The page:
Designing for Accessibility from the outset is not hard

Including Accessibility in design and the creation of solutions, applications and services is not hard, time consuming nor need be expensive.

Including Accessibility in design and the creation of solutions, applications and services is not hard, time consuming nor need be expensive. WCAG 2.1 has four guiding design principles which lay the foundations necessary for anyone to access and use web content. Anyone who wants to use the web must have content that is:

  • perceivable
  • operable
  • understandable
  • robust

WCAG 2.1 is highly detailed and can be overwhelming. Helpfully the HM Government have provided a simple overview of each principle. Whilst WCAG 2.1 is focussed on the web, the principles are universally applicable. You can use them in any design you create, be it for an Intranet, application or service. Even if you are not designing a solution you can apply the principles to encourage good behaviours like adding “alt text” to images you share on social media.

As WCAG2.1 is extensive and if you are not going to claim conformance you may wish to tailor your application of it to specific criteria. Common items to focus upon include the criteria for minimum contrast and alternate text. There are situations where non-conformance is not an option and you do have to think carefully about being selective. The position of HM Government is clear:

Your service must be accessible to everyone who needs it. If it isn’t, you may be in breach of the Equality Act 2010. This means you need to start thinking about how users might access and use your service before you design or build anything

The HM Government have a set of minimum requirements that you should be aware of, especially when offering services for use on government projects.

But what if you are not designing the solution? You can still insist on products and services that include a level of conformance with the principles. I’d argue that for solutions like ‘an Intranet in a box’ you would go one step further and push for AA conformance to WCAG 2.1 as a minimum. I’m not a procurement specialist but adding something like:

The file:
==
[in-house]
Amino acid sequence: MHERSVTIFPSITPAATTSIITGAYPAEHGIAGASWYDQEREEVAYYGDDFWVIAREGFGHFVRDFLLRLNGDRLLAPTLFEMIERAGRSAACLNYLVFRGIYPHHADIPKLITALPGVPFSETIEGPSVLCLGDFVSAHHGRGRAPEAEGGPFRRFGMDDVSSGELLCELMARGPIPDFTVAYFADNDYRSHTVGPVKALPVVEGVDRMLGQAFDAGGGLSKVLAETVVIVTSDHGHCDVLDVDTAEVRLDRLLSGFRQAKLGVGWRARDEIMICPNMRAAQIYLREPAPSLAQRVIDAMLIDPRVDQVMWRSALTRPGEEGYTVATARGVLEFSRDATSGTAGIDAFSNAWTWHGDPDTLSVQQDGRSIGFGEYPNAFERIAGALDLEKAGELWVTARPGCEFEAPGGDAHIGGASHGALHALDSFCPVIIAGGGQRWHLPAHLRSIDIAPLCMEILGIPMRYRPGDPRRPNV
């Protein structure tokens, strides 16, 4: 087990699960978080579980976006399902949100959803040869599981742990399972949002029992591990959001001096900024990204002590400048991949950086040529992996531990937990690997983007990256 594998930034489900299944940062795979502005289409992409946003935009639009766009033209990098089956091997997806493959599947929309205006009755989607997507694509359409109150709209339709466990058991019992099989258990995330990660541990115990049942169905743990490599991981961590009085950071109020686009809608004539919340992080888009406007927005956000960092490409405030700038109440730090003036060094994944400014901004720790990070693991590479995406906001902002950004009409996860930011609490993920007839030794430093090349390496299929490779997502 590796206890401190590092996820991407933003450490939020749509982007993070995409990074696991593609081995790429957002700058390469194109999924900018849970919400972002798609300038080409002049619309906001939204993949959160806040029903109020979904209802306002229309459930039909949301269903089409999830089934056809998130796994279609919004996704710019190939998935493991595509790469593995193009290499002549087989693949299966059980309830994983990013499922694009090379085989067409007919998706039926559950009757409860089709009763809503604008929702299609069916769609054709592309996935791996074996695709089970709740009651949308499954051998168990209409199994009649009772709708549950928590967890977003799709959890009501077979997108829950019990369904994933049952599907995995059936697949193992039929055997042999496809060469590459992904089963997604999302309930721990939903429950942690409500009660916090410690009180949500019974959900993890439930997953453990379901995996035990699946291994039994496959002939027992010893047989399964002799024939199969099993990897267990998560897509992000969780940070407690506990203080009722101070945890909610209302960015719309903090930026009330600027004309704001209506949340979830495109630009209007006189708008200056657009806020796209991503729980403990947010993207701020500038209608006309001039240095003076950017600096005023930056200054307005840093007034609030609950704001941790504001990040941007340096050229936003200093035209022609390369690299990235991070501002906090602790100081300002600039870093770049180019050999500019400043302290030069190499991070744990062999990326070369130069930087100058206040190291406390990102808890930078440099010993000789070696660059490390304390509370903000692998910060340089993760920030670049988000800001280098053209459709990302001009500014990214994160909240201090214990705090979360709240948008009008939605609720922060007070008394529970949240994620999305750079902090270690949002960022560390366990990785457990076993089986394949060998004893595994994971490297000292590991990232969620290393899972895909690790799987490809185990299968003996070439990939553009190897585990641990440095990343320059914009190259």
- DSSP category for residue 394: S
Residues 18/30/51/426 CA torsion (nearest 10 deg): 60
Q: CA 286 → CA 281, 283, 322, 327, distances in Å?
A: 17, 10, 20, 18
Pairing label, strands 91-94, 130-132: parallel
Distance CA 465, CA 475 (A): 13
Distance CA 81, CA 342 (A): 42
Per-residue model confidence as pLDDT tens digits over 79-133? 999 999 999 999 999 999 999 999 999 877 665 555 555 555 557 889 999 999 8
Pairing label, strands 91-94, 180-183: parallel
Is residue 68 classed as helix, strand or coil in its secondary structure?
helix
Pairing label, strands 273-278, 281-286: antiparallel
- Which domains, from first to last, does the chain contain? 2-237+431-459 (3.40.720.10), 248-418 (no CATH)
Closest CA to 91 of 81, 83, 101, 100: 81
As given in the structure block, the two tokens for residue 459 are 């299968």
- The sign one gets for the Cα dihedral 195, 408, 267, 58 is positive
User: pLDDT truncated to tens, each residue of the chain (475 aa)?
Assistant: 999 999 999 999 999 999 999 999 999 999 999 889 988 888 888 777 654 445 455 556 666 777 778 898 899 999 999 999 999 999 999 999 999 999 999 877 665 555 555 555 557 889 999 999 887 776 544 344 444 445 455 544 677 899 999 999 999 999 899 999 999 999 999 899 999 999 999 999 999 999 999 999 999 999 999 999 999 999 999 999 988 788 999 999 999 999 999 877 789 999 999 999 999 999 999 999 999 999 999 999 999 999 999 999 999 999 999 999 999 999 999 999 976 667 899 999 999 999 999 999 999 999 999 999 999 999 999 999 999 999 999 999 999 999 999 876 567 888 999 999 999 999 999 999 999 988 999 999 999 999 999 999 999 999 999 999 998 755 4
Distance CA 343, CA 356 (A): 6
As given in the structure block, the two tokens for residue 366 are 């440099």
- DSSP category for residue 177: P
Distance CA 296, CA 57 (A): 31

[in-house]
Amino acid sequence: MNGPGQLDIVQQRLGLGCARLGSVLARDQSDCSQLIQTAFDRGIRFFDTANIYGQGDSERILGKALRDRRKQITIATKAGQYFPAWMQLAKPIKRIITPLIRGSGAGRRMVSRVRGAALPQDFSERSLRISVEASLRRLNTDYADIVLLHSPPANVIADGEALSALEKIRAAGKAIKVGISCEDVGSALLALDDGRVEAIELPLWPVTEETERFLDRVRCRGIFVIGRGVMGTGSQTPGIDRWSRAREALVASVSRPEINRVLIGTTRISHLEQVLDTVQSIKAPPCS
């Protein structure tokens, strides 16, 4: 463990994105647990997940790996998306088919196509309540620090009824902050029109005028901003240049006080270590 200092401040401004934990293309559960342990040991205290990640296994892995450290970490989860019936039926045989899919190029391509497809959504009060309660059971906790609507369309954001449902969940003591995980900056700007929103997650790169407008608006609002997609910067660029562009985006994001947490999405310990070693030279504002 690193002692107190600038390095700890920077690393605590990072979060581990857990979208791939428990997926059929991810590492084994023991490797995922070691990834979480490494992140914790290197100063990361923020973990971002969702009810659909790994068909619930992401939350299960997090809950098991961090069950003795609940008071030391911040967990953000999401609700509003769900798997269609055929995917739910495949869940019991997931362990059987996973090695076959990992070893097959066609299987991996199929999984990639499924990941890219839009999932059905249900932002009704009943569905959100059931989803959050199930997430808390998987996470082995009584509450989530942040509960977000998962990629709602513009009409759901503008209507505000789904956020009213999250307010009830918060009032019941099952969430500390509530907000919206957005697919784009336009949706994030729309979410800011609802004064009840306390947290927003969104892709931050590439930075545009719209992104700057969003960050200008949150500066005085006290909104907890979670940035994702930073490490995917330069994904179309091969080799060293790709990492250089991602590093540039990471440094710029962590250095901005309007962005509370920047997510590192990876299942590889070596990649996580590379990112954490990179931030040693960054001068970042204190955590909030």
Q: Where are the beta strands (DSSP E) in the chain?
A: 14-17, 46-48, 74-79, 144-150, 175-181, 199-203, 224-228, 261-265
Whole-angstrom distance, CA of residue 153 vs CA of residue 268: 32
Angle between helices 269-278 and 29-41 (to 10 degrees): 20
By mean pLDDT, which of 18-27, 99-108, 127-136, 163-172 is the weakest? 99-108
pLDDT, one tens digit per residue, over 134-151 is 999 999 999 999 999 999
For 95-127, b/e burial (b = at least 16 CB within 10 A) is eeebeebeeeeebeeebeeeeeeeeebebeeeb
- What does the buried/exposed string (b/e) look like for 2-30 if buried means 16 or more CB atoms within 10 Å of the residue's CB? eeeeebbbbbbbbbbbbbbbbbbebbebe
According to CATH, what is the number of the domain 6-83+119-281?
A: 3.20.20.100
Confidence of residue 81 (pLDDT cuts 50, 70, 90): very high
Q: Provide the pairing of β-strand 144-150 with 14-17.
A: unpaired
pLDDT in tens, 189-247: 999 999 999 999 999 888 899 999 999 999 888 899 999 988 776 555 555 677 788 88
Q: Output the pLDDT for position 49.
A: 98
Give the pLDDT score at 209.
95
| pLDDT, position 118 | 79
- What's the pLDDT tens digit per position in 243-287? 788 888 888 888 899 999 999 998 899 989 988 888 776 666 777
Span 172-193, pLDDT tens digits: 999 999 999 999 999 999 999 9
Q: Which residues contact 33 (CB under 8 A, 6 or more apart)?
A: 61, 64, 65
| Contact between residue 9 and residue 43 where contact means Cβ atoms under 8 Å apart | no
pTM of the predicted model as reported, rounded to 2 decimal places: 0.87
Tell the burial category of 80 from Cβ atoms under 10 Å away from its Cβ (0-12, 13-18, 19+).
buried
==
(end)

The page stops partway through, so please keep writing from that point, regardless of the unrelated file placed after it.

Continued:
• The {thing you are buying} shall be designed to:
    • meet level AA of the Web Content Accessibility Guidelines (WCAG 2.1) as a minimum.
    • work on the most commonly used assistive technologies – including screen magnifiers, screen readers and speech recognition tools
  • WCAG 2.1 design principles shall be incorporated in the {thing you are buying} so that the solution is perceivable, operable, understandable and robust

would be a great start. You could also add these requirements to any internal design principles you might have.

There is a range of manual and automated tools available to help identify potential problems with your design. Nothing beats real feedback and so reach out to any groups or networks within your organisation that could help. If a group does not exist, then use it as the opportunity to create one. Finally, if you are assembling a team to deliver a design, project etc. then charge someone with the task of being the accessibility lead. Their remit should be the application of the principles. This role need not be full time.

You should also be aware of the impact of changes. For example, the introduction of additional colours from an expanded brand palette may invalidate the AA compliance of your Intranet. Accessibility is not a one-time activity so include for reassessments and set KPI’s around the inclusion of items like alt-text in images.

Remember not every disability is visible!

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